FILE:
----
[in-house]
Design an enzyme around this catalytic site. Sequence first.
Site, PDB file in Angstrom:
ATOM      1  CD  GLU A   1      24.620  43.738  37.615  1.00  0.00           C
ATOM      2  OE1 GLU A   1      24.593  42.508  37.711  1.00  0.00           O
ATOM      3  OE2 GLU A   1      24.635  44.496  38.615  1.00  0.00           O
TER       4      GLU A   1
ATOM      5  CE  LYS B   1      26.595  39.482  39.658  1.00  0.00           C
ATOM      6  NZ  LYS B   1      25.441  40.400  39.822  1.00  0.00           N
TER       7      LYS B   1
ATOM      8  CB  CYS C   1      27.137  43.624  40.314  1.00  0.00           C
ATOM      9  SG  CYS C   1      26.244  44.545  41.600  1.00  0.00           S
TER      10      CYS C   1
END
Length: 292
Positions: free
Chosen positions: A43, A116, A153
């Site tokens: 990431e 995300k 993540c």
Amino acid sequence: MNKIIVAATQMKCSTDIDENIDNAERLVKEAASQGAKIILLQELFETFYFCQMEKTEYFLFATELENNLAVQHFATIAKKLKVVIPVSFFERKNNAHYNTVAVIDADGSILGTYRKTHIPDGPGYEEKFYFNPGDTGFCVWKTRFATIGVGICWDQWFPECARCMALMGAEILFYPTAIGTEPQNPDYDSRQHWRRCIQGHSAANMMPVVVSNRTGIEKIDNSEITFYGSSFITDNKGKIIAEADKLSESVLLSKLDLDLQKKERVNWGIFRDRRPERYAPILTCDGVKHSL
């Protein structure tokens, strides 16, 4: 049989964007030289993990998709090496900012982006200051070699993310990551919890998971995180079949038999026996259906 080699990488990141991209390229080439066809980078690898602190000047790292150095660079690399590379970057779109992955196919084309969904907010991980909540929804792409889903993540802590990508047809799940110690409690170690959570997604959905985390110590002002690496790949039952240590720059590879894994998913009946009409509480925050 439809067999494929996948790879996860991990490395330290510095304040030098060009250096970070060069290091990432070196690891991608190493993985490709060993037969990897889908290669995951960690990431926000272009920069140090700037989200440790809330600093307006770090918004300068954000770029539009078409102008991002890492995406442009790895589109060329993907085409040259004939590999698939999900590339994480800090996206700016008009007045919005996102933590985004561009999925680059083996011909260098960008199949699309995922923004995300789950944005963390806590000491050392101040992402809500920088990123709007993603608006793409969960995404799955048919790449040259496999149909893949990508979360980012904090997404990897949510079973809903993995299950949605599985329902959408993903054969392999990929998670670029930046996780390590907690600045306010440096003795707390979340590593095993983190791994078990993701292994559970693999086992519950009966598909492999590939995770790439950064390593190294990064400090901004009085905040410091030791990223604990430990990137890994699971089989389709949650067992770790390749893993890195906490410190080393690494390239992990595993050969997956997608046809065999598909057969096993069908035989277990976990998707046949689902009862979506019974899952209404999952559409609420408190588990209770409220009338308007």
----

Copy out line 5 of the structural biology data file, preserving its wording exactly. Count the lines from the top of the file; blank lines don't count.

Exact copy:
ATOM      2  OE1 GLU A   1      24.593  42.508  37.711  1.00  0.00           O